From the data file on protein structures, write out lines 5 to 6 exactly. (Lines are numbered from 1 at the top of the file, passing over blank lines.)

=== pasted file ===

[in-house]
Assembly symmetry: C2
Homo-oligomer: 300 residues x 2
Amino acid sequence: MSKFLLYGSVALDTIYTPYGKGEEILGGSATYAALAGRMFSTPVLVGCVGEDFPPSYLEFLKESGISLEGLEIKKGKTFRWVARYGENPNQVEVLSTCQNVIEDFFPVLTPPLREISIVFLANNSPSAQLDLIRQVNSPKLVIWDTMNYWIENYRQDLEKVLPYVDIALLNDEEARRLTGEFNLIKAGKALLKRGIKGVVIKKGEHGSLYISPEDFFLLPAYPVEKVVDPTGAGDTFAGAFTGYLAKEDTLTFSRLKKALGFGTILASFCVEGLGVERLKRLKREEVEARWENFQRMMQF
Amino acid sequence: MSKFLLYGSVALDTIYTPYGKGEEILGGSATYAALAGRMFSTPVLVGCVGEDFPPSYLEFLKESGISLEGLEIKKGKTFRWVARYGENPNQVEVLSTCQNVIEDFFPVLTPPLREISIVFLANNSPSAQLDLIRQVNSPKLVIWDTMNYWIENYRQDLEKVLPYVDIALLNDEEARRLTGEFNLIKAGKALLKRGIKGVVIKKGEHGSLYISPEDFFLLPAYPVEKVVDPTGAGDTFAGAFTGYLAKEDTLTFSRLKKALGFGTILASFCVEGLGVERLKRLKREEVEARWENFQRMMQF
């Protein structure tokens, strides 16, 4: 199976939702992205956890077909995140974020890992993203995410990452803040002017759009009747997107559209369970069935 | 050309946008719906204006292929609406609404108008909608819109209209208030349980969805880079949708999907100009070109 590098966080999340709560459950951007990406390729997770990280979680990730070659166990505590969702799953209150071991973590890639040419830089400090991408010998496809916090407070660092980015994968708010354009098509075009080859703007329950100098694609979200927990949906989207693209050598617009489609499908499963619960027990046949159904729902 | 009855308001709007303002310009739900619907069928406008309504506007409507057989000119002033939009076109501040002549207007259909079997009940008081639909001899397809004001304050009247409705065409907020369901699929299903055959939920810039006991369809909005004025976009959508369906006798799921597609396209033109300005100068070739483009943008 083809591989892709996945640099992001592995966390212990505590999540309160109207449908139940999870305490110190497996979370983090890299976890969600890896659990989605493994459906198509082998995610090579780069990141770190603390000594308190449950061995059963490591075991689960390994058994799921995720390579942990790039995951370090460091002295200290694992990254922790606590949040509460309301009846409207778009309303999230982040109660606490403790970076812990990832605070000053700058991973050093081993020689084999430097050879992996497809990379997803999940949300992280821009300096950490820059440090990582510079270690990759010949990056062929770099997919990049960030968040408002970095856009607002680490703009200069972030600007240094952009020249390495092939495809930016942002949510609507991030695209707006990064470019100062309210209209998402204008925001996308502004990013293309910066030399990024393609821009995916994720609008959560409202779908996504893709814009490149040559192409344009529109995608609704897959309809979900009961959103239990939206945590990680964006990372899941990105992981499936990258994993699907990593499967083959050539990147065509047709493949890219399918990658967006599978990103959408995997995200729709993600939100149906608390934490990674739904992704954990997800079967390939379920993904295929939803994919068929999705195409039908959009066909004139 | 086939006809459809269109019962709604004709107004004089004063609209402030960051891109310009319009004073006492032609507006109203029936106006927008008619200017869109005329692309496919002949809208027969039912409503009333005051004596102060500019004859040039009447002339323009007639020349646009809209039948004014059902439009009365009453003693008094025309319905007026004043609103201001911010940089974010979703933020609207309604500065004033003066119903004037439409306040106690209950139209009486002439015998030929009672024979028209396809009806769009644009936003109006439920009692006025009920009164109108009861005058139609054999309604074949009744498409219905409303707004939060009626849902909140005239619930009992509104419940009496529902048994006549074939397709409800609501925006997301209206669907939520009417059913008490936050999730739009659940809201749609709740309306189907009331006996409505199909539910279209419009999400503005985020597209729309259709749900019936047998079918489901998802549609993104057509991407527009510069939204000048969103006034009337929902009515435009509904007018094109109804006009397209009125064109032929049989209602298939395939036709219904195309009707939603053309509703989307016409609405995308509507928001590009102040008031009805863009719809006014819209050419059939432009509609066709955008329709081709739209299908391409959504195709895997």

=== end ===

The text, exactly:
Amino acid sequence: MSKFLLYGSVALDTIYTPYGKGEEILGGSATYAALAGRMFSTPVLVGCVGEDFPPSYLEFLKESGISLEGLEIKKGKTFRWVARYGENPNQVEVLSTCQNVIEDFFPVLTPPLREISIVFLANNSPSAQLDLIRQVNSPKLVIWDTMNYWIENYRQDLEKVLPYVDIALLNDEEARRLTGEFNLIKAGKALLKRGIKGVVIKKGEHGSLYISPEDFFLLPAYPVEKVVDPTGAGDTFAGAFTGYLAKEDTLTFSRLKKALGFGTILASFCVEGLGVERLKRLKREEVEARWENFQRMMQF
């Protein structure tokens, strides 16, 4: 199976939702992205956890077909995140974020890992993203995410990452803040002017759009009747997107559209369970069935 | 050309946008719906204006292929609406609404108008909608819109209209208030349980969805880079949708999907100009070109 590098966080999340709560459950951007990406390729997770990280979680990730070659166990505590969702799953209150071991973590890639040419830089400090991408010998496809916090407070660092980015994968708010354009098509075009080859703007329950100098694609979200927990949906989207693209050598617009489609499908499963619960027990046949159904729902 | 009855308001709007303002310009739900619907069928406008309504506007409507057989000119002033939009076109501040002549207007259909079997009940008081639909001899397809004001304050009247409705065409907020369901699929299903055959939920810039006991369809909005004025976009959508369906006798799921597609396209033109300005100068070739483009943008 083809591989892709996945640099992001592995966390212990505590999540309160109207449908139940999870305490110190497996979370983090890299976890969600890896659990989605493994459906198509082998995610090579780069990141770190603390000594308190449950061995059963490591075991689960390994058994799921995720390579942990790039995951370090460091002295200290694992990254922790606590949040509460309301009846409207778009309303999230982040109660606490403790970076812990990832605070000053700058991973050093081993020689084999430097050879992996497809990379997803999940949300992280821009300096950490820059440090990582510079270690990759010949990056062929770099997919990049960030968040408002970095856009607002680490703009200069972030600007240094952009020249390495092939495809930016942002949510609507991030695209707006990064470019100062309210209209998402204008925001996308502004990013293309910066030399990024393609821009995916994720609008959560409202779908996504893709814009490149040559192409344009529109995608609704897959309809979900009961959103239990939206945590990680964006990372899941990105992981499936990258994993699907990593499967083959050539990147065509047709493949890219399918990658967006599978990103959408995997995200729709993600939100149906608390934490990674739904992704954990997800079967390939379920993904295929939803994919068929999705195409039908959009066909004139 | 086939006809459809269109019962709604004709107004004089004063609209402030960051891109310009319009004073006492032609507006109203029936106006927008008619200017869109005329692309496919002949809208027969039912409503009333005051004596102060500019004859040039009447002339323009007639020349646009809209039948004014059902439009009365009453003693008094025309319905007026004043609103201001911010940089974010979703933020609207309604500065004033003066119903004037439409306040106690209950139209009486002439015998030929009672024979028209396809009806769009644009936003109006439920009692006025009920009164109108009861005058139609054999309604074949009744498409219905409303707004939060009626849902909140005239619930009992509104419940009496529902048994006549074939397709409800609501925006997301209206669907939520009417059913008490936050999730739009659940809201749609709740309306189907009331006996409505199909539910279209419009999400503005985020597209729309259709749900019936047998079918489901998802549609993104057509991407527009510069939204000048969103006034009337929902009515435009509904007018094109109804006009397209009125064109032929049989209602298939395939036709219904195309009707939603053309509703989307016409609405995308509507928001590009102040008031009805863009719809006014819209050419059939432009509609066709955008329709081709739209299908391409959504195709895997």